Turkey’s soft power is only going to grow via its film and television industry, not least because Turkish programme content aims to inspire, not command, hearts and minds.
In early 2018, the Dubai-based, Saudi-owned, Middle East Broadcasting Centre (MBC) announced via UAE media that it was going to ban Turkish drama series, despite the soap operas’ massive popularity in the Arab world. Though there was no explanation provided, it was denounced by Turkish officials as a “political move” because Turkey has supported Qatar throughout the Gulf States’ blockade of their neighbour. Egypt followed suit by banning all Turkish programme content in the country; the Egyptian Dar Al-Iftaa (Centre for Islamic Legal Opinions) reportedly published a fatwa accusing Turkey of trying to create an “area of influence for itself in the Middle East using its soft power. The statement targeted the Dirilis Ertugrul series for aiming to “revive the Ottoman Empire in the Middle East and regain sovereignty over Arab countries which were previously under Ottoman rule.”
This was shortly after the Kuala Lumpur (KL) Summit in December 2019 before which Pakistani Prime Minister Imran Khan abruptly cancelled his scheduled attendance following a visit to Saudi Arabia prior to flying to Malaysia. Turkish President Recep Tayyip Erdogan pointed out that he was “unsurprised” about reports that Saudi Arabia pressured Pakistan not to attend the summit for Muslim leaders. “It is not the first time that Riyadh has threatened Islamabad,” added Erdogan.
Perhaps among the incidents to which he was referring are allegations of Saudi displeasure at the prospect of airing Turkish programmes, particularly Dirilis Ertugrul, on state-run Pakistan Television Corporation (PTV), which was ordered by Khan himself in early December 2019. Employees of the corporation who were part of the team responsible for dubbing the eagerly-awaited drama series posted social media videos in early January 2020 claiming that they had been told that the project had been shelved; no further explanation was provided. Given alleged Saudi highhandedness when it came to Pakistan going to Kuala Lumpur, it is reasonable to expect that the Kingdom continued to extract a price for helping a cash-strapped Pakistan as it faced an economic crisis in late 2018.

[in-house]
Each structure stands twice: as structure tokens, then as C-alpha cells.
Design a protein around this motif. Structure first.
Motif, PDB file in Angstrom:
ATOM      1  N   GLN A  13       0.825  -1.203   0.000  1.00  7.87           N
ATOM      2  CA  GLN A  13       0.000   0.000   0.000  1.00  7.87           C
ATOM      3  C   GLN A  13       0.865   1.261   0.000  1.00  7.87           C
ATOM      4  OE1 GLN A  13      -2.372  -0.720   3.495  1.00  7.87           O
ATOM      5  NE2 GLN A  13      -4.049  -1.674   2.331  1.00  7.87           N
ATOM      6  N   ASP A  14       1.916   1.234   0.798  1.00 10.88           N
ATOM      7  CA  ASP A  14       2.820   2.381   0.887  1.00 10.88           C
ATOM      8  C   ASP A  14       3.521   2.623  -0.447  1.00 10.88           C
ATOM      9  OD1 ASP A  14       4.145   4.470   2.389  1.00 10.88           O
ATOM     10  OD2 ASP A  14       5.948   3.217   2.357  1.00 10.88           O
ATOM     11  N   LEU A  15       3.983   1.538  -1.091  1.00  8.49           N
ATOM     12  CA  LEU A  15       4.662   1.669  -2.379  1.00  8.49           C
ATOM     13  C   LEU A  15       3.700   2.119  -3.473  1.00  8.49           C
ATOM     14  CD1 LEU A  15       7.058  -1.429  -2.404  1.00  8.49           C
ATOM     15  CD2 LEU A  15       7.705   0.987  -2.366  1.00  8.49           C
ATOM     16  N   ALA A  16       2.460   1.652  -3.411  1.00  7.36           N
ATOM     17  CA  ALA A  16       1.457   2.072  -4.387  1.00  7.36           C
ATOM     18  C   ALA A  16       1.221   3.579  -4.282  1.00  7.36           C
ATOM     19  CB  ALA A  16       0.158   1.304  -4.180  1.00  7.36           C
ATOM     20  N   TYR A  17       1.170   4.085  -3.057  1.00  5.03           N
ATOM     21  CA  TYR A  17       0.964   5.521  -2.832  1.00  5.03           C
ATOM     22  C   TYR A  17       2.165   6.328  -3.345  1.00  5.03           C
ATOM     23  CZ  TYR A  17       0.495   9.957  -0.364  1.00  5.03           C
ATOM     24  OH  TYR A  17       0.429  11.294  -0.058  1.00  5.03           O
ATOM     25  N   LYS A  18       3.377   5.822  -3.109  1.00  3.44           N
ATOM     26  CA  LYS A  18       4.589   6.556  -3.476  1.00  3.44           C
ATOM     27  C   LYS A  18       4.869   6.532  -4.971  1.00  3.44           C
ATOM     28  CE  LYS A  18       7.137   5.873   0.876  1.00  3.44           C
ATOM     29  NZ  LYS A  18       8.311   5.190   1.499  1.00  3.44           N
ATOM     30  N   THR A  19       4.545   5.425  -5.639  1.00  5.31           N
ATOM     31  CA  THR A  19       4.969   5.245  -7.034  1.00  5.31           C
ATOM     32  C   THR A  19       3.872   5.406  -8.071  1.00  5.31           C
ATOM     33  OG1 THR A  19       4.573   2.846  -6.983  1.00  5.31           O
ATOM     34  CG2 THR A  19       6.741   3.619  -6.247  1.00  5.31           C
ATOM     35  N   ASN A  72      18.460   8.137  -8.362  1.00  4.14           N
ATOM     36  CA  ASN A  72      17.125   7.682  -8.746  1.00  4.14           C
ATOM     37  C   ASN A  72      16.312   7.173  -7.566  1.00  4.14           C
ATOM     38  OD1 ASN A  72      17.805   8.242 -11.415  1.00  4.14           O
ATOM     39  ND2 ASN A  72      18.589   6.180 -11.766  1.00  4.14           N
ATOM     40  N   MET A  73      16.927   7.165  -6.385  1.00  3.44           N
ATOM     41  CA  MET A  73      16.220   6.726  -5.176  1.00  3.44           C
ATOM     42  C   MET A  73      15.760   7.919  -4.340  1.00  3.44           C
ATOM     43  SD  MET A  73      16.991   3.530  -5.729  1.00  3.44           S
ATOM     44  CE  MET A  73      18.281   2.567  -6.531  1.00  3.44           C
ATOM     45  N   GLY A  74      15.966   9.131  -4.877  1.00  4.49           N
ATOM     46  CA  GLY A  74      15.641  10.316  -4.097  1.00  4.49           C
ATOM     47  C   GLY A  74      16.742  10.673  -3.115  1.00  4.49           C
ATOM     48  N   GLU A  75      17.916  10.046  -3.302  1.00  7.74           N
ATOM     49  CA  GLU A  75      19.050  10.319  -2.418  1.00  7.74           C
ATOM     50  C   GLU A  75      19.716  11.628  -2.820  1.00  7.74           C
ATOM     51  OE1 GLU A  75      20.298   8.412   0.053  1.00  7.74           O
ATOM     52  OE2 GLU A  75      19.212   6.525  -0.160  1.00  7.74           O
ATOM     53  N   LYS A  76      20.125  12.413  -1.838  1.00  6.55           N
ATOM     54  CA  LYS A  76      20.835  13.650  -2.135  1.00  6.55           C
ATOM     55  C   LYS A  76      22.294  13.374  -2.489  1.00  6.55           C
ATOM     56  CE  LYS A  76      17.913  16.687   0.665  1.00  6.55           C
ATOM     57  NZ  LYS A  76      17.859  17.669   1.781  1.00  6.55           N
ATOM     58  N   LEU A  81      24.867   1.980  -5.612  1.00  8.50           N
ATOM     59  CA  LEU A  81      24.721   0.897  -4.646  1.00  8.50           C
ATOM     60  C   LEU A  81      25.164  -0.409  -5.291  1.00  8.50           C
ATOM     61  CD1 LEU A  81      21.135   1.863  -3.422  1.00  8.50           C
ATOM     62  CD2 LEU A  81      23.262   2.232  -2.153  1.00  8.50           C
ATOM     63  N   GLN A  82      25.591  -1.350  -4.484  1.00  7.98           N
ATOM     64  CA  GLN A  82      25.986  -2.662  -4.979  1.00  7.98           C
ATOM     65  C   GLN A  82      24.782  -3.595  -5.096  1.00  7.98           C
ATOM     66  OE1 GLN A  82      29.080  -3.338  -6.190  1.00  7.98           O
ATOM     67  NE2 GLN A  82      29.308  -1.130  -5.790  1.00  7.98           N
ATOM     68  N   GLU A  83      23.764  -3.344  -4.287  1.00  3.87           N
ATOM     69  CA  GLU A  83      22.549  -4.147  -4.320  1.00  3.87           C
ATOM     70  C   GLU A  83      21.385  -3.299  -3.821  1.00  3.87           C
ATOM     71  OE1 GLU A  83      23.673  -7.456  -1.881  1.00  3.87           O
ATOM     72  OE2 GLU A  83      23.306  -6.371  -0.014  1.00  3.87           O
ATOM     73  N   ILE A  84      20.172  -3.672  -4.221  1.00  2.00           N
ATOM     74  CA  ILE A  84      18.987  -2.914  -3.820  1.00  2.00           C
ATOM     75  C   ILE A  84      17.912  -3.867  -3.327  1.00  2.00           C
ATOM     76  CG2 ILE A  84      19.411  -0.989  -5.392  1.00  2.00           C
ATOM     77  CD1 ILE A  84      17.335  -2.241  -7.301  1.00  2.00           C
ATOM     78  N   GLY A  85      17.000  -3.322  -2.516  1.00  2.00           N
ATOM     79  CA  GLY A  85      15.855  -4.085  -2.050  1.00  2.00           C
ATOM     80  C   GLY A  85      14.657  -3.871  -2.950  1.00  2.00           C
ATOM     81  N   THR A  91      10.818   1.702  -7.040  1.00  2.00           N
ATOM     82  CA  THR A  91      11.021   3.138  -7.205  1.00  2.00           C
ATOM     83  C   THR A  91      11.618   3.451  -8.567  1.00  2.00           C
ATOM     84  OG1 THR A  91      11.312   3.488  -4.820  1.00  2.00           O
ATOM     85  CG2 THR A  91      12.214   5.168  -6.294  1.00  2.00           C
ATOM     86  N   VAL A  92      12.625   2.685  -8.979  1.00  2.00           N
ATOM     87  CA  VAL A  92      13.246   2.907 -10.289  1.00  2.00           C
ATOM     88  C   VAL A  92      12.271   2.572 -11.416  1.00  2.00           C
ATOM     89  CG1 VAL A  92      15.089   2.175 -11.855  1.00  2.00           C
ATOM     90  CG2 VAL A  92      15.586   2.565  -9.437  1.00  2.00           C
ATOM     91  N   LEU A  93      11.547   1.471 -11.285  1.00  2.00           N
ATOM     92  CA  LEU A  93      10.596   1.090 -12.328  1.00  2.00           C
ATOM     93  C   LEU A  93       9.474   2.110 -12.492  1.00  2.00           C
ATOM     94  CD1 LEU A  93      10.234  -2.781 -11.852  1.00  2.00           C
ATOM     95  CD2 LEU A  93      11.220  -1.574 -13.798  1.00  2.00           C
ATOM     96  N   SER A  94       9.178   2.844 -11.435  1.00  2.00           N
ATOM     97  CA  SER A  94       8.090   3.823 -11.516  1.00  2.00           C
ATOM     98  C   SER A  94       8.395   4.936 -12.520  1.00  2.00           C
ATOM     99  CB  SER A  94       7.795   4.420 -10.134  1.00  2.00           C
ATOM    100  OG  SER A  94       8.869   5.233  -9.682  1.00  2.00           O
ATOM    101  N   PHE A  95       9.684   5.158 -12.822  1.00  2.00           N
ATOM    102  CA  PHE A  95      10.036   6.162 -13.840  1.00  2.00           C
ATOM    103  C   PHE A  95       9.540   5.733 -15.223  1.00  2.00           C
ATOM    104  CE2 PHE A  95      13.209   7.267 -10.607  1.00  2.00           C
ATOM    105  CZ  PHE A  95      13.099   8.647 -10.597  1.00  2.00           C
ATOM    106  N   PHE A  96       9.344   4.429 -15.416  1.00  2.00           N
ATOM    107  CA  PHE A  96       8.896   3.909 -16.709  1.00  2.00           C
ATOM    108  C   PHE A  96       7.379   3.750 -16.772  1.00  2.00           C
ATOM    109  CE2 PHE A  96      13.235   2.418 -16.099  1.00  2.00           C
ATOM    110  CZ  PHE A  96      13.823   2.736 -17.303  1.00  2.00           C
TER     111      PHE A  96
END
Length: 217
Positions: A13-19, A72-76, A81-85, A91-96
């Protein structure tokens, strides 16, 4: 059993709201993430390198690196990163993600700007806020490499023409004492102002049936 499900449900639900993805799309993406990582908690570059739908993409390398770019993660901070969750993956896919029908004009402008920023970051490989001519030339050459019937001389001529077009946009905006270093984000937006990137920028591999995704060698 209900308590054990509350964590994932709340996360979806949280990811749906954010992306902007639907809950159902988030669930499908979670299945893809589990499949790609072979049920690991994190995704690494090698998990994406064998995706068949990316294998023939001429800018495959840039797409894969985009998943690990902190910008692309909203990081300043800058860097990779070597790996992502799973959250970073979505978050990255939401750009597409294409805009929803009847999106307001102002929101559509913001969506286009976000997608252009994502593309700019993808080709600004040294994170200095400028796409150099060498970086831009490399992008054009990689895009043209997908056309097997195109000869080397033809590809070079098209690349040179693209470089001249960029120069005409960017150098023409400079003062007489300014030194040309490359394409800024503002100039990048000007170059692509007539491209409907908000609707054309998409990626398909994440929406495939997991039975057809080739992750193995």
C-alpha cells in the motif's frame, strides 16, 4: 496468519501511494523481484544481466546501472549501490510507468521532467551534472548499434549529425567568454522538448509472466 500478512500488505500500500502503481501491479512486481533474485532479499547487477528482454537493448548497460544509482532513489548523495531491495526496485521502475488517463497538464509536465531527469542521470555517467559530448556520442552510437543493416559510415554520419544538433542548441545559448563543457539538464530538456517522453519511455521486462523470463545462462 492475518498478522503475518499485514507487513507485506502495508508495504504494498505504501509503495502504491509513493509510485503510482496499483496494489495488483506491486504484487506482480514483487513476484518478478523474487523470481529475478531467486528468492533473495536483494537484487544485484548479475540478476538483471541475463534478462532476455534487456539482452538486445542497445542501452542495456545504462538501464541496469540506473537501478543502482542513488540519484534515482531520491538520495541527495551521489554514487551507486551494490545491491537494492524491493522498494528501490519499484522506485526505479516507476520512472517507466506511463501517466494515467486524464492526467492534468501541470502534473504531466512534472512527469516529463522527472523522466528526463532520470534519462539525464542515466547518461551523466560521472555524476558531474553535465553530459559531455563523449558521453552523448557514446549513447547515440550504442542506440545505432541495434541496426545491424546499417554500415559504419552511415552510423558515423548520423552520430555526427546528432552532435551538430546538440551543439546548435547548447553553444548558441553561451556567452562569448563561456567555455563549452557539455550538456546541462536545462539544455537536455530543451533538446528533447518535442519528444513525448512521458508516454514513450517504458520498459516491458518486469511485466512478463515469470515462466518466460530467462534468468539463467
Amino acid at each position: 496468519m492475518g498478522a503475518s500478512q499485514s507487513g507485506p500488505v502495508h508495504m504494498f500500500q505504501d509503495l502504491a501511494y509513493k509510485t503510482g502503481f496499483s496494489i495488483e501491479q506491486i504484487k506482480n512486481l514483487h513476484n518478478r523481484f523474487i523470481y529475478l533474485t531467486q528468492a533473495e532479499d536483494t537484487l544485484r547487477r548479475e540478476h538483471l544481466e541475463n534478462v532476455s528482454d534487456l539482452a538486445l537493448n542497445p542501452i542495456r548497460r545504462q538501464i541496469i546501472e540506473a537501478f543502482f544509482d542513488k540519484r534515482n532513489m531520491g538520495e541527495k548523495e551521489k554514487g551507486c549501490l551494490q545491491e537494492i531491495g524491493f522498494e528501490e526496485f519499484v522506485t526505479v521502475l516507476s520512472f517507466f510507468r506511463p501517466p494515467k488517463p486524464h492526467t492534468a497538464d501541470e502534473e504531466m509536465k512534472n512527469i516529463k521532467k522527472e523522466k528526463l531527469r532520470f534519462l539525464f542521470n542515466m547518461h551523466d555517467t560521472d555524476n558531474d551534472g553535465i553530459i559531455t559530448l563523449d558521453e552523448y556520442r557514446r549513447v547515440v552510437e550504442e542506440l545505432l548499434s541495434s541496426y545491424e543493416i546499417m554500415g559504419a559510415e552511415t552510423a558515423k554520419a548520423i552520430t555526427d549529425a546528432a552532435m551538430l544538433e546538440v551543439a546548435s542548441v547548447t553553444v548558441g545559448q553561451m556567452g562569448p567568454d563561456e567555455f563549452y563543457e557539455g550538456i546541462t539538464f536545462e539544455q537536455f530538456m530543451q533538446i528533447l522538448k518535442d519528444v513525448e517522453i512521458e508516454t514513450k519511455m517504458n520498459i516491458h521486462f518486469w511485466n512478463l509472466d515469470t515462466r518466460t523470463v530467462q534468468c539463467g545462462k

Nevertheless, PTV eventually aired Dirilis Ertugrul in April this year, and Imran Khan once again reiterated support for the drama series, claiming that it depicts a “life with values” and is reflective of Islamic culture. The timing of its broadcast appeared to be linked to a visit by President Erdogan to Pakistan in February, when he addressed the Pakistani Parliament for a record fourth time, more than any other international leader.
This could be construed as an illustration of diverging Saudi and Turkish convictions of what regional leadership entails, as well as a vision for the future when it comes to regional cohesion and cooperation. Saudi leadership appears to follow a quid pro quo approach with a price to be paid for all support extended to countries like Pakistan that the Kingdom considers to be long-time allies, whereas Turkish leadership appears to appreciate the inherent value of maintaining long-term alliances despite differences.